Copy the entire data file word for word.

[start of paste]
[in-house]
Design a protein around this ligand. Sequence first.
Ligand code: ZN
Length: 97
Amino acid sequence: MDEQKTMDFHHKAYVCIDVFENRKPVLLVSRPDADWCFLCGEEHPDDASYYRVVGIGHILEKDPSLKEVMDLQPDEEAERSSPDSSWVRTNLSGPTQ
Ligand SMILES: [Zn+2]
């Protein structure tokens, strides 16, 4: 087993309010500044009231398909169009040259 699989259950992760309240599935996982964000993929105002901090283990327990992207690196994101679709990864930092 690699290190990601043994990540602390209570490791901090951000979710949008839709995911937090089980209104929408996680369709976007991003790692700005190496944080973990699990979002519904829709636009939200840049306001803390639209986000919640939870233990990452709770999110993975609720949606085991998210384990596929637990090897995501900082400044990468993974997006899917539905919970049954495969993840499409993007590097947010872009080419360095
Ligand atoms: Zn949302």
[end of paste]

[in-house]
Design a protein around this ligand. Sequence first.
Ligand code: ZN
Length: 97
Amino acid sequence: MDEQKTMDFHHKAYVCIDVFENRKPVLLVSRPDADWCFLCGEEHPDDASYYRVVGIGHILEKDPSLKEVMDLQPDEEAERSSPDSSWVRTNLSGPTQ
Ligand SMILES: [Zn+2]
């Protein structure tokens, strides 16, 4: 087993309010500044009231398909169009040259 699989259950992760309240599935996982964000993929105002901090283990327990992207690196994101679709990864930092 690699290190990601043994990540602390209570490791901090951000979710949008839709995911937090089980209104929408996680369709976007991003790692700005190496944080973990699990979002519904829709636009939200840049306001803390639209986000919640939870233990990452709770999110993975609720949606085991998210384990596929637990090897995501900082400044990468993974997006899917539905919970049954495969993840499409993007590097947010872009080419360095
Ligand atoms: Zn949302």